Strategy 2025 Documents

Faculty and Staff Retention, Recruitment and Well-being (Faculty & Staff Session 2 Recap)

Members of faculty and staff gathered online on April 16 for their Impact 2030 strategy session, facilitated by Smitha Warrier, associate professor in the department of anesthesiology. She thanked everyone for attending the session and started the presentation by discussing the purpose of the strategic planning process and goals of the university.

She asked general questions about mission, vision and values, and then directed participants to break into four subgroups. Two of these groups were for faculty members, divided alphabetically; and two of the groups were for staff members, divided alphabetically. Brief summaries of the verbal comments from the breakout sessions are below:

Faculty breakout 1

Members of this group gave few answers about what sets the U apart, suggesting that this was not a strong viewpoint for this group. They felt that access to affordable daycare was very important, and that it is important for the U to position itself as an advocate for the historically marginalized. The process for selecting faculty is not transparent, and non-tenure-line faculty are carrying a disproportionate load of teaching.

They mentioned that salaries are low, and faculty feel they are not supported by their leadership. Pay increases are subjective and faculty expressed an interest in more support for attending conferences, and a balanced workload of around 30 hours of week for clinical work to allow time for scholarship. The issue of workload was a primary topic, with faculty saying that workload expectations are becoming unreasonable and unsustainable.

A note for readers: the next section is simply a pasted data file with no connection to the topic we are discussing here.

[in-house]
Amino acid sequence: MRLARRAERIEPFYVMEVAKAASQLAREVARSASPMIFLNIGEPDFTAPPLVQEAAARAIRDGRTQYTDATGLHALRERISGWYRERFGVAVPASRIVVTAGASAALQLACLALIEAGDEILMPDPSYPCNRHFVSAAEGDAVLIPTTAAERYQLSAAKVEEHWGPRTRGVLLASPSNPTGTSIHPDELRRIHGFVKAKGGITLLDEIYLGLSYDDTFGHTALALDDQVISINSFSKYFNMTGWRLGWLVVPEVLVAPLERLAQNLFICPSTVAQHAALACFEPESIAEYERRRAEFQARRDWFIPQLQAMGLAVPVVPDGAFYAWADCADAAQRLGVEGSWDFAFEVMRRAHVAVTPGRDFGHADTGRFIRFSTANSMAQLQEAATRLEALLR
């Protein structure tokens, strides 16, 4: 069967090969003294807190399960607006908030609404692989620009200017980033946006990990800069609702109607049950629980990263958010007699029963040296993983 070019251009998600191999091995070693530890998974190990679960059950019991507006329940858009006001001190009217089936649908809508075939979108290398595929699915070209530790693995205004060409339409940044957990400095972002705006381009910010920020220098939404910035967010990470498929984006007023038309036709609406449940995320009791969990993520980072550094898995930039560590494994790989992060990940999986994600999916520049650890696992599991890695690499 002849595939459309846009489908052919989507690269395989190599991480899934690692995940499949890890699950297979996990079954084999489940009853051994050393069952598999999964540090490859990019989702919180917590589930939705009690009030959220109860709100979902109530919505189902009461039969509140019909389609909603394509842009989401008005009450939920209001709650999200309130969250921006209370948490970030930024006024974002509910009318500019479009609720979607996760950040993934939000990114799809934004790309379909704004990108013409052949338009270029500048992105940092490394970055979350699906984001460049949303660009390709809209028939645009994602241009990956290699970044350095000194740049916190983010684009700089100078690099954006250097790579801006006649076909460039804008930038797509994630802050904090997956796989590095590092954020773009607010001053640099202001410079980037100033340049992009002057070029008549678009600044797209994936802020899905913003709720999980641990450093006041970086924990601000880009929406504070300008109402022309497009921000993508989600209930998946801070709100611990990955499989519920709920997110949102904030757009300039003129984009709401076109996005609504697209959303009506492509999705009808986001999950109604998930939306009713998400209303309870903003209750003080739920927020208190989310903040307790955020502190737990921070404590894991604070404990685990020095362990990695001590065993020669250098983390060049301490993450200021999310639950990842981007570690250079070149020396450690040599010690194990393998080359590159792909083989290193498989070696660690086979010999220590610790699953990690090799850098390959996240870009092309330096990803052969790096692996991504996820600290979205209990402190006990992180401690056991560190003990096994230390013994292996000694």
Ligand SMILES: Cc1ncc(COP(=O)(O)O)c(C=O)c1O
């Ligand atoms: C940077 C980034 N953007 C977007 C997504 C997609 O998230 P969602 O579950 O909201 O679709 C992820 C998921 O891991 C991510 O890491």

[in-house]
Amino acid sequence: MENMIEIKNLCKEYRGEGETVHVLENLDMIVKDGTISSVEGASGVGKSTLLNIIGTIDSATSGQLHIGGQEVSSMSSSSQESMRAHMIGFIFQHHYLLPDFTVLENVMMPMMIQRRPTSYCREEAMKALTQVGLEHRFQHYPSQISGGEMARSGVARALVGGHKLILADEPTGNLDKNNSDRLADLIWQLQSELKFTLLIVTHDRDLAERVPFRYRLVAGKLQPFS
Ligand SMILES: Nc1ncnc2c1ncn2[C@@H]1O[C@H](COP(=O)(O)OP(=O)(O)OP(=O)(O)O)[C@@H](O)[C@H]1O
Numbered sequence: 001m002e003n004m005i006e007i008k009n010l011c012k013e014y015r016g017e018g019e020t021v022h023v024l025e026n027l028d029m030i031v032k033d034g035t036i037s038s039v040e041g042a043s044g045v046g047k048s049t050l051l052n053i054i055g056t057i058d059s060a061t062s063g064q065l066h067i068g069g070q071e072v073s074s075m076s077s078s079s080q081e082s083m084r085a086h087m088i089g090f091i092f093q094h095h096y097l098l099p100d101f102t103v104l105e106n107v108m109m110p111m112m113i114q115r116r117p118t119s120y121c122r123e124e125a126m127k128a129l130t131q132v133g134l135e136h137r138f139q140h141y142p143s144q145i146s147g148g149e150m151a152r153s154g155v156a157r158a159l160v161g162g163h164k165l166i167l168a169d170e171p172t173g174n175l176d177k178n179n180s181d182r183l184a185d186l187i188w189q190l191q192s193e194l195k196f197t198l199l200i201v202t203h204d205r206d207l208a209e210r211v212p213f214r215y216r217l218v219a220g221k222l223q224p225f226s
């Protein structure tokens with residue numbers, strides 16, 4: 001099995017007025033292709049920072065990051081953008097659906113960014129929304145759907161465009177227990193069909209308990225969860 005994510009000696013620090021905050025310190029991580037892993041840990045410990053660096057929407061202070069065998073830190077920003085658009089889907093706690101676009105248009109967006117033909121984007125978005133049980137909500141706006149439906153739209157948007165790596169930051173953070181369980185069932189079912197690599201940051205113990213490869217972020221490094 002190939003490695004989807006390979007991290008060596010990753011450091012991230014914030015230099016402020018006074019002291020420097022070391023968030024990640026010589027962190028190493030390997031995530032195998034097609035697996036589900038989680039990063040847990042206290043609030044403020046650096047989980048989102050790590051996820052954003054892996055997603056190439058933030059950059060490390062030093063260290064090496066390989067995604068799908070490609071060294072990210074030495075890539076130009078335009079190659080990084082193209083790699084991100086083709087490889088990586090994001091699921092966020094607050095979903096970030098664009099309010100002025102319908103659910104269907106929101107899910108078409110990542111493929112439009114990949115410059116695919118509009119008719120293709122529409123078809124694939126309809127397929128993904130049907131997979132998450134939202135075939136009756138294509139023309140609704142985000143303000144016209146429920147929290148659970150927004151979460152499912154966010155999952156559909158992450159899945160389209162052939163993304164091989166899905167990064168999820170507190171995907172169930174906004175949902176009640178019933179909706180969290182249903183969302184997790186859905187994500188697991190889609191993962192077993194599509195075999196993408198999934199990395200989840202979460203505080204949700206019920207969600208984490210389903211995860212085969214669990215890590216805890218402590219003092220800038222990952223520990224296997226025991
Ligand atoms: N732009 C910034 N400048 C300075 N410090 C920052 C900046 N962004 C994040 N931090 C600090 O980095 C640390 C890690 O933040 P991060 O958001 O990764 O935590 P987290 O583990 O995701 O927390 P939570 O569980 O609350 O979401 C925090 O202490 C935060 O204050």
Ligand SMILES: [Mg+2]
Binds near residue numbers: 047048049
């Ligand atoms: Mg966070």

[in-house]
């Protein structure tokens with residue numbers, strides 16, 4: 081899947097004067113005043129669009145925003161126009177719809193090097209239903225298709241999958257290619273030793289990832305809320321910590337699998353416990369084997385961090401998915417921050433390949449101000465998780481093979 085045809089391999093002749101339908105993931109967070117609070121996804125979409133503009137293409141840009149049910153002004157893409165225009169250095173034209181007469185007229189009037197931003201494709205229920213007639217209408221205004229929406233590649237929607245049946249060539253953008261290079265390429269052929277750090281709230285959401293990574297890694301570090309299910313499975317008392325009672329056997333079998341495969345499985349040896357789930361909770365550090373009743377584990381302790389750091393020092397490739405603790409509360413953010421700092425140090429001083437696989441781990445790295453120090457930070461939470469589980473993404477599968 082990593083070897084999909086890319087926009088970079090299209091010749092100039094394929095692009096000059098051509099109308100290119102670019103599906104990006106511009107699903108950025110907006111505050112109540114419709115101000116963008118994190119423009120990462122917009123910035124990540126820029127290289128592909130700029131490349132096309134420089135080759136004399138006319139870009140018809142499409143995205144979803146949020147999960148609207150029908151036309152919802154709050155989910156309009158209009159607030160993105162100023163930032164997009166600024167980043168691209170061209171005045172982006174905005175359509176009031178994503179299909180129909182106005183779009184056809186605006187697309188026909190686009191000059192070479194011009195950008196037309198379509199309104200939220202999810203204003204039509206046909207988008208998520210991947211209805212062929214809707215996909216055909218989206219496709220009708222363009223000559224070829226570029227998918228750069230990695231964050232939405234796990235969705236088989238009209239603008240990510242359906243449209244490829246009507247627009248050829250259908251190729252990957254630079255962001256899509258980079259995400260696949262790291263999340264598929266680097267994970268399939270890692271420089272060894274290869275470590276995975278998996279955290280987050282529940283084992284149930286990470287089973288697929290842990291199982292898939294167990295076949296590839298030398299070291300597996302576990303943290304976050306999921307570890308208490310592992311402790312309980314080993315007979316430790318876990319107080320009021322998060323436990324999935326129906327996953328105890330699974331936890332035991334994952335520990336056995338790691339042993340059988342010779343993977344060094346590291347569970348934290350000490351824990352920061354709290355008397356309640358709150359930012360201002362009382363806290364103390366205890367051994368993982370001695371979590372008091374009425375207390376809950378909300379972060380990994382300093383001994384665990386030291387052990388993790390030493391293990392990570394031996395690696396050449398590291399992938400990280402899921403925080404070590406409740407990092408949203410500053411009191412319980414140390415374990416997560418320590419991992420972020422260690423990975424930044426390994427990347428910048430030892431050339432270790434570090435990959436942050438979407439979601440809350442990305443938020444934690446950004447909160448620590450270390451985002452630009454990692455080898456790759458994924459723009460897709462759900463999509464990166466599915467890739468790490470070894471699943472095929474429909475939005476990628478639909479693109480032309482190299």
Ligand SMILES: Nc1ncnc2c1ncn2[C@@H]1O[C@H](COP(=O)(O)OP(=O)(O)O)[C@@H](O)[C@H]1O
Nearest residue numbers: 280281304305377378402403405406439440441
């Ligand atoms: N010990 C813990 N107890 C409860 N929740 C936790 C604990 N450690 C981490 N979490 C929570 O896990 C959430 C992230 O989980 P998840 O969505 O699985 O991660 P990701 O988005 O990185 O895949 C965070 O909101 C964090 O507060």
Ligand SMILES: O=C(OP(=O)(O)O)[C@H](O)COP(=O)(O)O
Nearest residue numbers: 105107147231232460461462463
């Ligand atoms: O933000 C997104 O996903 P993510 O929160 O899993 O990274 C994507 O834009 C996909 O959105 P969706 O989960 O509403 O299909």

Faculty breakout 2

Faculty in this group said that location is a primary attractor to the U, however the current political climate and expectations for high teaching load and high research output are detractors. Faculty highlighted the importance of campus visits in helping faculty to decide to come to the U, but the hiring process limits the number of visits. The cost of living, low salaries, and overreliance on student evaluations are deterrents for faculty. Better mentorship and improved flexibility, allowing work from home, could be better tools to retain faculty.

Staff breakout 1

More than 100 participants were in this staff breakout session. Participants noted that they value opportunities for career advancement, and would like to see more ways to do this at the U. One participant with a master’s degree noted that the average starting salary for staff with a master’s degree is $43,000 yet President Randall says average earnings for new U graduates is $65,000, and that is a striking contrast.

Staff value remote work options and would like more options for out-of-state employees. The group noted that staff feel dismissed because they are not faculty, and suggested implementing trainings for leaders to understand that staff have valuable input, inclusion of staff in institutional decision-making, and support groups. A key takeaway was the importance of creating a culture that values the ideas and contributions of staff.

Staff breakout 2

There were 96 participants in the second staff breakout session. Participants noted the positive functions of having good benefits, including tuition waivers, as reasons that make the U an appealing place to work. However, pervasive problems of a lack of opportunities for advancement, lagging pay and lack of support almost seemed to outweigh the positive, in terms of the time spent discussing the negatives.

New staff need more networking and orientation opportunities, it makes it hard for them to feel part of the community. Staff said they feel like they are treated as less than faculty, are not valued, and do not receive recognition for a job well done. They would appreciate more opportunities for professional growth and development.

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